MacMahon: I think the Browns take him at No. 4. The Browns have been searching for a franchise quarterback since cutting Bernie Kosar, and drafting Manziel would fire up a rabid fan base desperately searching for a reason to be optimistic. Strange as it sounds, I also see Cleveland as a team that would give Manziel a chance to succeed early in his NFL career. Josh Gordon just led the NFL in receiving yards as a 22-year-old despite dealing with a QB rotation. Tight end Jordan Cameron is coming off a Pro Bowl season as a 25-year-old. The Browns have two Pro Bowl offensive linemen -- left tackle Joe Thomas and center Alex Mack -- who are in their prime. And Cleveland addressed its need for a running back by signing Ben Tate. Add an electrifying quarterback, and the Browns might actually have one of the NFL’s most explosive offenses.

Taylor: On the surface, Jacksonville should be really intrigued by Johnny Football because they need a quarterback and they need someone to put butts in seats. They're going to be bad again, so they need a playmaker on offense. That said, coach Gus Bradley is a defense-minded dude, so he'll probably go defense and take Buffalo linebacker Khalil Mack. That leaves Johnny Football to Cleveland. The Browns have a really good, young defense. They have a young star in receiver Josh Gordon. What they need is a triggerman. Since 2002, the Browns have had 10 different players lead them in passing, which is not a positive. If he's the star some project, Johnny Football will turn that franchise around and he'll own the city.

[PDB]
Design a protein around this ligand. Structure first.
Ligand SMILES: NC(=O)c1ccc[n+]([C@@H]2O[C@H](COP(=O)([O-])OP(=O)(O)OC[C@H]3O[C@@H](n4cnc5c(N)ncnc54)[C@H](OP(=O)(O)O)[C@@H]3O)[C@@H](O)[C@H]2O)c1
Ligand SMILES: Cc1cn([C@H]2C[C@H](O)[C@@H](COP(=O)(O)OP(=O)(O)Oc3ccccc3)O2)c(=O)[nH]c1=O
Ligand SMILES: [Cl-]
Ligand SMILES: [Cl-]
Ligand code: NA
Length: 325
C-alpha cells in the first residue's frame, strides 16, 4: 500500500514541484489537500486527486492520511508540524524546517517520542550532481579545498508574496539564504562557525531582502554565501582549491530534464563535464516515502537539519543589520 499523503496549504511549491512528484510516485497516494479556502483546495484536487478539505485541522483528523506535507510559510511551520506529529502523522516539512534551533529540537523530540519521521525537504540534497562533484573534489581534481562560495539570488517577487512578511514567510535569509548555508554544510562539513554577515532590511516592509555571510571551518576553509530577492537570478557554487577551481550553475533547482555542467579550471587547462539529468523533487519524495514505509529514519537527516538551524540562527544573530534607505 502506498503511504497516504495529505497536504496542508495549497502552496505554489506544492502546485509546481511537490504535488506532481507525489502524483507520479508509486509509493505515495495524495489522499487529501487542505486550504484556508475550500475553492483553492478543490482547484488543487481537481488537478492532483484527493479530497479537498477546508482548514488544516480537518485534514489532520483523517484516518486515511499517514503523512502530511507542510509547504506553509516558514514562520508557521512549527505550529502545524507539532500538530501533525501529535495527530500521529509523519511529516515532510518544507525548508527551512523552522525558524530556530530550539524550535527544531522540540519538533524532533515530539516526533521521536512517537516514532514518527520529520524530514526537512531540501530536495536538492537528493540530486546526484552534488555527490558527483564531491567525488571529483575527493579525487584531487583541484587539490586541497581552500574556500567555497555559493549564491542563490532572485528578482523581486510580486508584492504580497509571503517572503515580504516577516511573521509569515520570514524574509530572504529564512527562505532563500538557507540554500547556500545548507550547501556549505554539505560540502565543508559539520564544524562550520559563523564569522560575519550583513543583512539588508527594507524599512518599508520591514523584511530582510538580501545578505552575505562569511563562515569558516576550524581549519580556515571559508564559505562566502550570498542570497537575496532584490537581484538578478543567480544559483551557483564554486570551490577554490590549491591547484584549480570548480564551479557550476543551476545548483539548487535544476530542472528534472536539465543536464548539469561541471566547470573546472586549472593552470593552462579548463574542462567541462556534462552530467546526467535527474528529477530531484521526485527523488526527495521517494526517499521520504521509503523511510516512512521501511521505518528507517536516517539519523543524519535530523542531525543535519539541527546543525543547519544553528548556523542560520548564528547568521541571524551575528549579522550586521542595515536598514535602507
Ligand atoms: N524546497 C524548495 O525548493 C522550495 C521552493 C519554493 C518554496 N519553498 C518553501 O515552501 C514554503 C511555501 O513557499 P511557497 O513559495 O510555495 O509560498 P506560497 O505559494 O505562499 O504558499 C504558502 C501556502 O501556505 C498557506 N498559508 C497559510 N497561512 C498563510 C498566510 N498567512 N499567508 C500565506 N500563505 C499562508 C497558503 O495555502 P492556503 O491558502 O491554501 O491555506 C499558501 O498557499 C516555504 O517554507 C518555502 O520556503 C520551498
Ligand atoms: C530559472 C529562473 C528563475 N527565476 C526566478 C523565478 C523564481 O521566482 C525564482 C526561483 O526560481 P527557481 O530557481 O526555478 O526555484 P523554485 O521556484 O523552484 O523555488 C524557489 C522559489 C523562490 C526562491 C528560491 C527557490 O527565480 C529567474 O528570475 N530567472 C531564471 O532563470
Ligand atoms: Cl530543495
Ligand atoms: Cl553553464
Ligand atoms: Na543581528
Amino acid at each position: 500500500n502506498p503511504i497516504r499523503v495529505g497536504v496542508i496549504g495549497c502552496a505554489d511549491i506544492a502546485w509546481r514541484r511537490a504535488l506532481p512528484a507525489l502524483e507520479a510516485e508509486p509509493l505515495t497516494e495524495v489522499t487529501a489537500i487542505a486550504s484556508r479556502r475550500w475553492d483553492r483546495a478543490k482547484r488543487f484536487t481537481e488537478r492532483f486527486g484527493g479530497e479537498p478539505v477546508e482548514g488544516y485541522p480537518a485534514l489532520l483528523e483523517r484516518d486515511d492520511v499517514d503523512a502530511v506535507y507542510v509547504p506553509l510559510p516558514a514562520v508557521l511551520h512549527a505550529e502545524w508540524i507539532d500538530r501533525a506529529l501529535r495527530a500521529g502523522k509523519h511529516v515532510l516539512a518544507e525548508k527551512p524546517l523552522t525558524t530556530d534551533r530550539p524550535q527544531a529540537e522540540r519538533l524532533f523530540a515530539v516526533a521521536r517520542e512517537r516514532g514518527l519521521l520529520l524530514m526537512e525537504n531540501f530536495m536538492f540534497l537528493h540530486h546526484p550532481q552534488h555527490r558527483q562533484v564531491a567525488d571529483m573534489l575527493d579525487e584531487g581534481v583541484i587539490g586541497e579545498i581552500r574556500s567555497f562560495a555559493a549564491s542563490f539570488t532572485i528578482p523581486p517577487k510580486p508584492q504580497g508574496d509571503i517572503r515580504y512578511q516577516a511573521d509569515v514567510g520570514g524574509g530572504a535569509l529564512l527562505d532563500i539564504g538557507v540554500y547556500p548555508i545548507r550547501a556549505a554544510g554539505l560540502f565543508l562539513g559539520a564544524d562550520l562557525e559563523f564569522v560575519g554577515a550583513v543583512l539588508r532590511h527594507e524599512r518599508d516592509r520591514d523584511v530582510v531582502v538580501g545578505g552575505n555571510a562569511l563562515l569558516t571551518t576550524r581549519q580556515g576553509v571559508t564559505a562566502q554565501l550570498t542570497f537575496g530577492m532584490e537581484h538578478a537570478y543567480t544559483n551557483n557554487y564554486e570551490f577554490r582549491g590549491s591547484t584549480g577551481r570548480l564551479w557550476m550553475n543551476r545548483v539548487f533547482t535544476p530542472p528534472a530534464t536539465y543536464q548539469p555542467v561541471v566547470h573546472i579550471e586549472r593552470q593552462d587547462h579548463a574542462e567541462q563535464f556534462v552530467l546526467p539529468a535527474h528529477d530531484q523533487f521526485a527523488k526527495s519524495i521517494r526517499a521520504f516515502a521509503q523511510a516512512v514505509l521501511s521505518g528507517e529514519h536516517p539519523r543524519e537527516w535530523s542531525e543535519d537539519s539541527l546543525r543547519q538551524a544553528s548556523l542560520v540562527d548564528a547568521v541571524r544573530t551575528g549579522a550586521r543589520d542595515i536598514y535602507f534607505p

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IRVING, Texas -- Roger Staubach found out he was drafted by the Dallas Cowboys in the 10th round of the 1964 NFL draft by reading the Washington Post.

“I was in my room at the Naval Academy,” Staubach said. “No one called me. They had this little story, ‘Staubach drafted in Round 10.’ … To me, it wasn’t a big deal. I had five years to go before I could go play.”

Staubach is the greatest 10th-round pick in NFL history. He surely is part of one of the best draft classes ever. The 1964 NFL draft produced a record 11 Hall of Famers, and three were drafted by the Cowboys: Mel Renfro (second round), Bob Hayes (seventh round) and Staubach.

“You know why it was special?” said Gil Brandt, the Cowboys' vice president of player personnel at the time. “Because basically Tex [Schramm] and I did it by ourselves. We didn’t have nine scouts and all that stuff.”

The only team to produce more Hall of Famers from the same draft class in NFL history is the Pittsburgh Steelers, who drafted Lynn Swann, Jack Lambert, John Stallworth and Mike Webster in 1974.

The Cowboys had 19 picks in 1964, and Brandt can recite scouting reports on all of them to this day. Only seven played for the club, but the Hall of Fame trio makes it Brandt’s favorite draft.

[+] EnlargeRoger Staubach
AP Photo/Tony DejakRoger Staubach led the Dallas Cowboys to five Super Bowl appearances in his Hall of Fame career.
The Cowboys’ 1975 draft became known as the "Dirty Dozen" with 12 picks making the team, led by Hall of Famer Randy White. From 1988 to 1990, the Cowboys' first-round picks were Michael Irvin, Troy Aikman and Emmitt Smith. All three call the Pro Football Hall of Fame home.

Drafting Renfro, Hayes and Staubach spoke to the Cowboys’ advantages over other teams in that day -- and a little bit of good fortune.

Had they not held training camp in Forest Grove, Ore., it is doubtful Brandt ever meets Renfro as a high school senior. Air Force assistant coach Pepper Rodgers was recruiting Renfro and brought him to Cowboys camp, where he met Brandt.

Brandt remained in contact through Renfro’s time at Oregon. When it came time to pick in the second round in 1964, the Cowboys held up the draft for six hours so a doctor could examine Renfro’s injured wrist. After getting the news they wanted, they picked Renfro, and Brandt was on a flight from Chicago to Portland the next day.